A Breath of Summer Before Fall
On Correct Behavior, Eternal Summers seems to vacillate between ambient dream pop and bright, noisy post-punk sounds. The two-piece band from Roanoke, Virginia has refined its repertoire since the release of its debut album Silver in 2010, opting for music that’s at once fun and mature, young and developed.
The album kicks off with a slew of noise pop tracks. Guitarist and vocalist Nicole Yun’s precious, smooth soprano soars over thumping bass on “Millions.” Heavy guitars drive “Wonder” and the lo-fi “You Kill,” which belies its abrasive name with a fun, sunny feel. A jangly, frenetic beat powers “I Love You,” pulsing beneath Yun’s energetic staccato vocals and chugging bass. Its light, quirky tone churns into a darker bridge before jumping back.
Yun’s vocals give Eternal Summers its distinctive identity, turning post-punk into dreamy pop. The second half of Correct Behavior, with the exception of the slick ’80s-inspired “Girls in the City” and distorted “Heaven and Hell,” veers into atmospheric, romantic spheres. “It’s Easy” is more retrospective, with an expansive sound and high, ethereal vocals floating over hazy guitars and melodically melancholy synths. “Good as You” slows down, with rich, melodic chords vibrating in mellow sonic waves.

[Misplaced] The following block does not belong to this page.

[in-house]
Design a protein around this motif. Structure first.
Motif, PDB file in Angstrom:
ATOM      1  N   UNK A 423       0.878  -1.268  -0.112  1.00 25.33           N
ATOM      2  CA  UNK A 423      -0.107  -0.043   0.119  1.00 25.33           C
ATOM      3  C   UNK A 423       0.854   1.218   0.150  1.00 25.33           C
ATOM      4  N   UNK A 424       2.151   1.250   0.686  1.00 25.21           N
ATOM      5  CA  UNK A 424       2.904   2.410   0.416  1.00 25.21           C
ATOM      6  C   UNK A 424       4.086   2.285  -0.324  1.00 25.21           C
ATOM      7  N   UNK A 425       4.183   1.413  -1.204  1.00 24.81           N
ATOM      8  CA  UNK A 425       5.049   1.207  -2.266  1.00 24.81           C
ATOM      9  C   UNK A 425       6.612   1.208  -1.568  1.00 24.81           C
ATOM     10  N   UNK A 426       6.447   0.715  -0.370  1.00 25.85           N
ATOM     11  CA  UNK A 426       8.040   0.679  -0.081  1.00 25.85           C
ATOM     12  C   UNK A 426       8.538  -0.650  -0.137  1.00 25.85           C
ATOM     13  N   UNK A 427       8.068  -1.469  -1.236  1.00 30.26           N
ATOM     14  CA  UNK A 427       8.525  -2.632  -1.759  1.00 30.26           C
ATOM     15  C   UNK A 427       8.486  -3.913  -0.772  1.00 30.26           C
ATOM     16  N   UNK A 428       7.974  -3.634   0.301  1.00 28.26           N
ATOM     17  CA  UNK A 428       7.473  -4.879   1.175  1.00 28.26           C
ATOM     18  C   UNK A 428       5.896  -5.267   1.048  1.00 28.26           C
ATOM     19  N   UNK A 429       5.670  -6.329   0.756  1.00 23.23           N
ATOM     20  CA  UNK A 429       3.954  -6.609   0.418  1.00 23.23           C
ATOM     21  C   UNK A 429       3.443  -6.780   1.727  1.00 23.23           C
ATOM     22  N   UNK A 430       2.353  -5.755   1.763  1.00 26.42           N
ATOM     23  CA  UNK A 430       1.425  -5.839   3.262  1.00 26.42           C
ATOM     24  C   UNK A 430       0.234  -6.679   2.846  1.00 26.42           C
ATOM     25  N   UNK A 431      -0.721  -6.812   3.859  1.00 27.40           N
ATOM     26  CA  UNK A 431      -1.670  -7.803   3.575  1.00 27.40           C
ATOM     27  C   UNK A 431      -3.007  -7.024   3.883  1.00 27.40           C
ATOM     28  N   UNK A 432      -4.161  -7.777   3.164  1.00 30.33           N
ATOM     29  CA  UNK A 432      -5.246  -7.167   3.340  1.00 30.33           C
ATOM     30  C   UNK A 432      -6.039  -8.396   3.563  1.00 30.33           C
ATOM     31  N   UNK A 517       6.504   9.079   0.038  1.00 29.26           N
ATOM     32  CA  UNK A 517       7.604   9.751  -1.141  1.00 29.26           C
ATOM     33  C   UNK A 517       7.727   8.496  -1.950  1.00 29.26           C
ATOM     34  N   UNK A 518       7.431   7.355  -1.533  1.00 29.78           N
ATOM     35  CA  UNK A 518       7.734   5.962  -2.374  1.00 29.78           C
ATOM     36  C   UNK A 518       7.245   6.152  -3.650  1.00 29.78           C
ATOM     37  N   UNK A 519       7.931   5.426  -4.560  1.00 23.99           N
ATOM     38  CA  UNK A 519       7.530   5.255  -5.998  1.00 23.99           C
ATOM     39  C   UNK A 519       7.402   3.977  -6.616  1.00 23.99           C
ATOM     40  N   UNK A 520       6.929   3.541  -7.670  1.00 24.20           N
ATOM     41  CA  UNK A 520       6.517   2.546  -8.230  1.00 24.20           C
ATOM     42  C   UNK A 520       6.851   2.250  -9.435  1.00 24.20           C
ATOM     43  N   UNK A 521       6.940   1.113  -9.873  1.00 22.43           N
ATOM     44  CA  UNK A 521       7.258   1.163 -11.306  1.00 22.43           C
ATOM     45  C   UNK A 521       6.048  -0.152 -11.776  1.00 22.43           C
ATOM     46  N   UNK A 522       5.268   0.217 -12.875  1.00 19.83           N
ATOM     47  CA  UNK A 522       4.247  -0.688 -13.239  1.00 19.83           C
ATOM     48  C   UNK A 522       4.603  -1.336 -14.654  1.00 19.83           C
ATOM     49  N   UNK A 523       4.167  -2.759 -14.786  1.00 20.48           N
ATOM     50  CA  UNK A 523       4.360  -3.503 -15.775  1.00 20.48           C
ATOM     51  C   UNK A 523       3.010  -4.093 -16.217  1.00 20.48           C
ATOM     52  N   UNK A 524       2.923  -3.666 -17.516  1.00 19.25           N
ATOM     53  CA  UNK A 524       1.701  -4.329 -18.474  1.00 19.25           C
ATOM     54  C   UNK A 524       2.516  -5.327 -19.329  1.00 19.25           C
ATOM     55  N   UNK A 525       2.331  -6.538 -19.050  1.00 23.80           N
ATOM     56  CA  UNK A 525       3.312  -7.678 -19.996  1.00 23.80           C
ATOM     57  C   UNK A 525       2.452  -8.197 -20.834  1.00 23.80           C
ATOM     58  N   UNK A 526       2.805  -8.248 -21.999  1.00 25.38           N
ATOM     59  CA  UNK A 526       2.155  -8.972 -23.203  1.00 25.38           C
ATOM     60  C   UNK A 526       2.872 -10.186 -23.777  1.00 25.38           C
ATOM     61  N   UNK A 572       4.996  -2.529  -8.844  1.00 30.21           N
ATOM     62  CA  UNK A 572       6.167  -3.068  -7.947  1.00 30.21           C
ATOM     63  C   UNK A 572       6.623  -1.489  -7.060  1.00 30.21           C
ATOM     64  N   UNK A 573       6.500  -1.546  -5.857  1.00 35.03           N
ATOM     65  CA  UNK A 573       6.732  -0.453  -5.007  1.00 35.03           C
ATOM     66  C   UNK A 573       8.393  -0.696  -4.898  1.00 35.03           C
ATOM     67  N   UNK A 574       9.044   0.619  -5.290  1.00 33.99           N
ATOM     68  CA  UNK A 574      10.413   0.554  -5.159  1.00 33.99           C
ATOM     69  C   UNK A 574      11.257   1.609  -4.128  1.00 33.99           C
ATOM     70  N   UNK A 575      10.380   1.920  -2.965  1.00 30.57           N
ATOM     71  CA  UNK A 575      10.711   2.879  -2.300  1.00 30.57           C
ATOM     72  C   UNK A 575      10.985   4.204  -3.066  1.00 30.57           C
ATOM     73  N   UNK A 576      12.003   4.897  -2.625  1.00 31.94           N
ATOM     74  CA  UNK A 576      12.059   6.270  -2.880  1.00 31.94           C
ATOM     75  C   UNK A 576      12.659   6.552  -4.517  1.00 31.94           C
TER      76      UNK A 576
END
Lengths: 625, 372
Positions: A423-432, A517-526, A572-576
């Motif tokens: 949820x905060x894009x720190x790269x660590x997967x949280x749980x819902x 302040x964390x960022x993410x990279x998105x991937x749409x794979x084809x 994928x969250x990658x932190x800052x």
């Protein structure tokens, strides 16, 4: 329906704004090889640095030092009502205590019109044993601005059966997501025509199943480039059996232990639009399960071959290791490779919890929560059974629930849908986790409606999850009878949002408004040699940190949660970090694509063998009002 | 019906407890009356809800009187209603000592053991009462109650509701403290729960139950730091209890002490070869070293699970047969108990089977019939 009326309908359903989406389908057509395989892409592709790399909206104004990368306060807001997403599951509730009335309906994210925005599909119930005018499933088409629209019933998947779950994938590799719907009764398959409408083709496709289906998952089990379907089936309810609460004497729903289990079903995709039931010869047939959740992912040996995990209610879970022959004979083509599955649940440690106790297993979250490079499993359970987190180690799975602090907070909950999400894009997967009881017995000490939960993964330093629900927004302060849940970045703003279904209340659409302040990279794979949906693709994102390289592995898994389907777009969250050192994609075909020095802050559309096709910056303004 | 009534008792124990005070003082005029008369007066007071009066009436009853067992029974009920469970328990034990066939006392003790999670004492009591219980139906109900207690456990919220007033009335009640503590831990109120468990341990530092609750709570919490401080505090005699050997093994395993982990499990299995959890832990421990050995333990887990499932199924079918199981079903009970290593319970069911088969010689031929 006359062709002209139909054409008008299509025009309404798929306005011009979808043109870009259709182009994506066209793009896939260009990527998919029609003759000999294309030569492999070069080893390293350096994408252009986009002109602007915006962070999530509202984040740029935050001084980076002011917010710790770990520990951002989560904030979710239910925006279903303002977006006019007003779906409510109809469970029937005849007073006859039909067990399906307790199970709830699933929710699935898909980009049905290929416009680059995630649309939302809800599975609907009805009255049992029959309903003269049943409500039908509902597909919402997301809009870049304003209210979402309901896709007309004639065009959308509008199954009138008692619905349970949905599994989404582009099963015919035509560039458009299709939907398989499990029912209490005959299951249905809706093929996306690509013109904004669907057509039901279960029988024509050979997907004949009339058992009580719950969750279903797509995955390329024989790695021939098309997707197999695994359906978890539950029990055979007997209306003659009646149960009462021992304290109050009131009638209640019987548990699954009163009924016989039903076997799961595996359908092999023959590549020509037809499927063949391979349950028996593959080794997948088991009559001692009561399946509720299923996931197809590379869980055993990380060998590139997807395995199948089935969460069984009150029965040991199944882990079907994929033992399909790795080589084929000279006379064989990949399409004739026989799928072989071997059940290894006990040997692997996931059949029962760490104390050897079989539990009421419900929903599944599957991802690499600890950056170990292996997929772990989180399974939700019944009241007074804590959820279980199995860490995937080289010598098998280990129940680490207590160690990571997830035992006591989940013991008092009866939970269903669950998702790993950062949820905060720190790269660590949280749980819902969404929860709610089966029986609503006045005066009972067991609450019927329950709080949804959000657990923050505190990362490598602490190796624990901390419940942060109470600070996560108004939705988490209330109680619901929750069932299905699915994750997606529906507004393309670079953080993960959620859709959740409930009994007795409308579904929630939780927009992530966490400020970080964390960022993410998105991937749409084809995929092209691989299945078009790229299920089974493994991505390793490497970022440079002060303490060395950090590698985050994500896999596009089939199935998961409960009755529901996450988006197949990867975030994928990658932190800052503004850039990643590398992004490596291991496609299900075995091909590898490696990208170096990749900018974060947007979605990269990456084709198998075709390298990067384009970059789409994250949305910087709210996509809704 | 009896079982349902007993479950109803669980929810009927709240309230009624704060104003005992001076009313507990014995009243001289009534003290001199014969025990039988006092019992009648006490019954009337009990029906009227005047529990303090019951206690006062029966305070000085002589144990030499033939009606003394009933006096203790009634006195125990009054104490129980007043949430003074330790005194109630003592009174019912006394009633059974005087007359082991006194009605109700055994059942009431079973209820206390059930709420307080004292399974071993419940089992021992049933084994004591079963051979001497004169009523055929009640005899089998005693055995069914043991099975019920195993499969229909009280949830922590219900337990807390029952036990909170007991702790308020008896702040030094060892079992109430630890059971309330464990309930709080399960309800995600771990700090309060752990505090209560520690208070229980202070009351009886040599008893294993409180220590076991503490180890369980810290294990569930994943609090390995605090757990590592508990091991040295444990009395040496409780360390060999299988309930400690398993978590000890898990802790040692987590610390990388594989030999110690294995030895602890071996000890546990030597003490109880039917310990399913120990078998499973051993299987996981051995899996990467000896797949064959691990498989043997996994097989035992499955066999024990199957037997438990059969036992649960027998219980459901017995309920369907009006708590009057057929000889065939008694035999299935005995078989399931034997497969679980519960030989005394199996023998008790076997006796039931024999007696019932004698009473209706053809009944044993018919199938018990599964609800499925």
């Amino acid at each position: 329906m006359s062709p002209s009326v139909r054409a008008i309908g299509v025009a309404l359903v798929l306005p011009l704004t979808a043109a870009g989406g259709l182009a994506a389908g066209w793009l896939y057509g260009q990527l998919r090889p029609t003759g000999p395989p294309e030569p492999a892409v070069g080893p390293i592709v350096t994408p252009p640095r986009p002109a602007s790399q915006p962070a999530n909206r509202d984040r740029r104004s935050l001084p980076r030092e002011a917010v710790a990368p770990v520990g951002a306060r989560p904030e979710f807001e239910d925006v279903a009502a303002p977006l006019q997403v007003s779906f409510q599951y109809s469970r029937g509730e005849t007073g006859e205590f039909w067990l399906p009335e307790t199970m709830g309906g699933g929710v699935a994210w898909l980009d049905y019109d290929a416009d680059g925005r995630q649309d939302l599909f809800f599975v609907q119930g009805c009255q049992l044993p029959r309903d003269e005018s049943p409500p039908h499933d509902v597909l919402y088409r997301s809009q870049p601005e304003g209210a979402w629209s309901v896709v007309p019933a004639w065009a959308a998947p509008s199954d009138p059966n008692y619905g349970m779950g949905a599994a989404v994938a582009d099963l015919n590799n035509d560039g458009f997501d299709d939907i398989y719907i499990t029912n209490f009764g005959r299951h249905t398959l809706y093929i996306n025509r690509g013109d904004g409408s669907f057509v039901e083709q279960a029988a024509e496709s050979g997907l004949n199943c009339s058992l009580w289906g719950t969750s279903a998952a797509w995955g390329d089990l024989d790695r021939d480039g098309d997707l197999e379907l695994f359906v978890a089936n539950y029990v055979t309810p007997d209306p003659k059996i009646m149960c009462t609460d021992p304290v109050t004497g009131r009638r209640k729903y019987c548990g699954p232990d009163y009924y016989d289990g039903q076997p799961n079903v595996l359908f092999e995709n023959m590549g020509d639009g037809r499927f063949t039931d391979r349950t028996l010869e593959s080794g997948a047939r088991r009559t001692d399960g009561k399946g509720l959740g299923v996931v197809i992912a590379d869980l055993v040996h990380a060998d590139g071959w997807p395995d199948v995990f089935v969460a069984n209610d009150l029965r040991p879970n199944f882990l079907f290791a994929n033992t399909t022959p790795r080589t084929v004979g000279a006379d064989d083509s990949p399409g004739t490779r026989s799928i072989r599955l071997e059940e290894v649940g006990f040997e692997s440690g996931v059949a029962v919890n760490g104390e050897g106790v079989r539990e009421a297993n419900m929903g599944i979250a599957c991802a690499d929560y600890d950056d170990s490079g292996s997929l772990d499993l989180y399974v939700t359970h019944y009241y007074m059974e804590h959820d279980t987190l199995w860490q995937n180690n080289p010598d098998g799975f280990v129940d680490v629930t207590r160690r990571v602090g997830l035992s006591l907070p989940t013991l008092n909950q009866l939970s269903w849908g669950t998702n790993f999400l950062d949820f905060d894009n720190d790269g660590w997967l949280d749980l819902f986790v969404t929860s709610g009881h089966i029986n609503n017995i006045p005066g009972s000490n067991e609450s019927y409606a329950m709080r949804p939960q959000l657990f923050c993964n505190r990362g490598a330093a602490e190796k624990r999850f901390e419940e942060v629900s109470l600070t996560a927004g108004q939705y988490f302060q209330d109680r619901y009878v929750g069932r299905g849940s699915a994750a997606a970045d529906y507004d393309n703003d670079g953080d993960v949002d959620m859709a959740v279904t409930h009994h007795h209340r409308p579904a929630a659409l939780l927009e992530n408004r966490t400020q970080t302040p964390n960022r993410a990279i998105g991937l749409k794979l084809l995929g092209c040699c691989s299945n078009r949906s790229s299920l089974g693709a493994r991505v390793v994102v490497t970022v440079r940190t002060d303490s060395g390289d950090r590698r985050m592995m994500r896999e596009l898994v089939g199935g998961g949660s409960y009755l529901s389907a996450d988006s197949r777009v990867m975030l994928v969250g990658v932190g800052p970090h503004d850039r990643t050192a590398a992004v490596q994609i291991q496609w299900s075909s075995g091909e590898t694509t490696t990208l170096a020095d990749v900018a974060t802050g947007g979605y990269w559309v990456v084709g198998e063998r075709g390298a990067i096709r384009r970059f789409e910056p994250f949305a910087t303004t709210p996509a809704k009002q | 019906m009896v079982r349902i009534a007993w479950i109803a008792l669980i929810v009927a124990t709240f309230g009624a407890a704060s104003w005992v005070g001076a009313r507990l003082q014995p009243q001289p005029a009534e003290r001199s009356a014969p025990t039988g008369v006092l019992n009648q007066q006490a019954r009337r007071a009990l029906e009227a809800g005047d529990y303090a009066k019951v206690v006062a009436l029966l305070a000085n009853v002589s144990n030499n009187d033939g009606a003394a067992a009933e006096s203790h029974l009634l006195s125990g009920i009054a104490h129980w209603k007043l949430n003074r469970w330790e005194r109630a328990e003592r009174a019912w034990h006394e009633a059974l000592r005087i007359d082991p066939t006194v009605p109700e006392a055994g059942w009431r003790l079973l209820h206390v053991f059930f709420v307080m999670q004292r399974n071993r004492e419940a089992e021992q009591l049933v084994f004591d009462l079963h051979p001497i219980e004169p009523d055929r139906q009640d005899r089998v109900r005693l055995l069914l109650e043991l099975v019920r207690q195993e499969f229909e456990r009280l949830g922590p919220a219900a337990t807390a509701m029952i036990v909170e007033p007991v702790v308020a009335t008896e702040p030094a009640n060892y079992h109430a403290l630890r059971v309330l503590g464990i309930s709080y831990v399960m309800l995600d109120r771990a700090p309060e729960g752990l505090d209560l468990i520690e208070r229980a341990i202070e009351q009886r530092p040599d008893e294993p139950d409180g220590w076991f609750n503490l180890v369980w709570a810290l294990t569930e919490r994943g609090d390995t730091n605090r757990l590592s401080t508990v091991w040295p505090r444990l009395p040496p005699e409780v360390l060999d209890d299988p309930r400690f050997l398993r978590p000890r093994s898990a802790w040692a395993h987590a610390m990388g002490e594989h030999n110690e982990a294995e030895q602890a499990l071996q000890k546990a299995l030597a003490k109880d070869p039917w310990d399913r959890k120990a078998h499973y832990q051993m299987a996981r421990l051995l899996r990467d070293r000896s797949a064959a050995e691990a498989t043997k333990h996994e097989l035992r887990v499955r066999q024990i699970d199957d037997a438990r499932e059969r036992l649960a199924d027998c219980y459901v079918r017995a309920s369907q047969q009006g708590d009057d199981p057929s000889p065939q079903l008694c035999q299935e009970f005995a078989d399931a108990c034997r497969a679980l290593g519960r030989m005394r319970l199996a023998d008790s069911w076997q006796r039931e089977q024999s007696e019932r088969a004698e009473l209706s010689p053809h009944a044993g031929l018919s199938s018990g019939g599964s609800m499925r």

Correct Behavior may be somewhat of an intermediary step, a brief moment when Eternal Summers hang between sounds, like those last weeks of summer before the air starts to smell like fall. But it’s a firm step in the right direction—whatever that direction is in the end.